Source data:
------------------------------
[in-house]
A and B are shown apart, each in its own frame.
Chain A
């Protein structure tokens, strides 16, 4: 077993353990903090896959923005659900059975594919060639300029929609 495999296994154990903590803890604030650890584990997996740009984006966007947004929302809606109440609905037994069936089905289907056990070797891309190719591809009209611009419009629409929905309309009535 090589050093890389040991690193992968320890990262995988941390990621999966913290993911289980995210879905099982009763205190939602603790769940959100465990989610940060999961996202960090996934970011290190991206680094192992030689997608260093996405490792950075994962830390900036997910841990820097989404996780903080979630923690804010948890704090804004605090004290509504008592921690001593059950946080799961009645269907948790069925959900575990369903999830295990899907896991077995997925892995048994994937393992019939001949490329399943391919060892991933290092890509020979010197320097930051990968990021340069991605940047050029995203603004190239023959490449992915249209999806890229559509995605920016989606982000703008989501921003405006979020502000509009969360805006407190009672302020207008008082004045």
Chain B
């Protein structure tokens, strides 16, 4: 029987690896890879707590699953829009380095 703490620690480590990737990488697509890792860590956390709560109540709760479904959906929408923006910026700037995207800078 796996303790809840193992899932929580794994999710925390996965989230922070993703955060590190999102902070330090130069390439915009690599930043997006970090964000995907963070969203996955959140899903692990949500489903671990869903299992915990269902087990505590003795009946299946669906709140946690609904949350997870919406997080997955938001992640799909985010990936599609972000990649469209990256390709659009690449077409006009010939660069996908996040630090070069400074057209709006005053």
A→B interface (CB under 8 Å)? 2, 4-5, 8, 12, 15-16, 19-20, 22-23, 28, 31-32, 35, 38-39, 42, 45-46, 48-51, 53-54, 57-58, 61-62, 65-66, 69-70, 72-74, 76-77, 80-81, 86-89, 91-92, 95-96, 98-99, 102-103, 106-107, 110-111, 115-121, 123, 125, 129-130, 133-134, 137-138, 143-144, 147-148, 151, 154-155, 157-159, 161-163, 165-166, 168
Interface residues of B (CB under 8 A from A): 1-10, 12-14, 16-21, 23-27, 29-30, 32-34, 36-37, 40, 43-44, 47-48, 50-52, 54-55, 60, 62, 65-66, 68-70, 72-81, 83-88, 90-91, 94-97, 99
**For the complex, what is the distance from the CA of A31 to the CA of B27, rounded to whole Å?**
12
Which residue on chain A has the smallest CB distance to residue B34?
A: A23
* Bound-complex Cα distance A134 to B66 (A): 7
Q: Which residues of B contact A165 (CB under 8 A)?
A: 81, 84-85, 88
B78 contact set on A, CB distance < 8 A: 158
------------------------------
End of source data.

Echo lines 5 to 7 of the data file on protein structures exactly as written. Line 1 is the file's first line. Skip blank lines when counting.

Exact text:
Chain B
């Protein structure tokens, strides 16, 4: 029987690896890879707590699953829009380095 703490620690480590990737990488697509890792860590956390709560109540709760479904959906929408923006910026700037995207800078 796996303790809840193992899932929580794994999710925390996965989230922070993703955060590190999102902070330090130069390439915009690599930043997006970090964000995907963070969203996955959140899903692990949500489903671990869903299992915990269902087990505590003795009946299946669906709140946690609904949350997870919406997080997955938001992640799909985010990936599609972000990649469209990256390709659009690449077409006009010939660069996908996040630090070069400074057209709006005053």
A→B interface (CB under 8 Å)? 2, 4-5, 8, 12, 15-16, 19-20, 22-23, 28, 31-32, 35, 38-39, 42, 45-46, 48-51, 53-54, 57-58, 61-62, 65-66, 69-70, 72-74, 76-77, 80-81, 86-89, 91-92, 95-96, 98-99, 102-103, 106-107, 110-111, 115-121, 123, 125, 129-130, 133-134, 137-138, 143-144, 147-148, 151, 154-155, 157-159, 161-163, 165-166, 168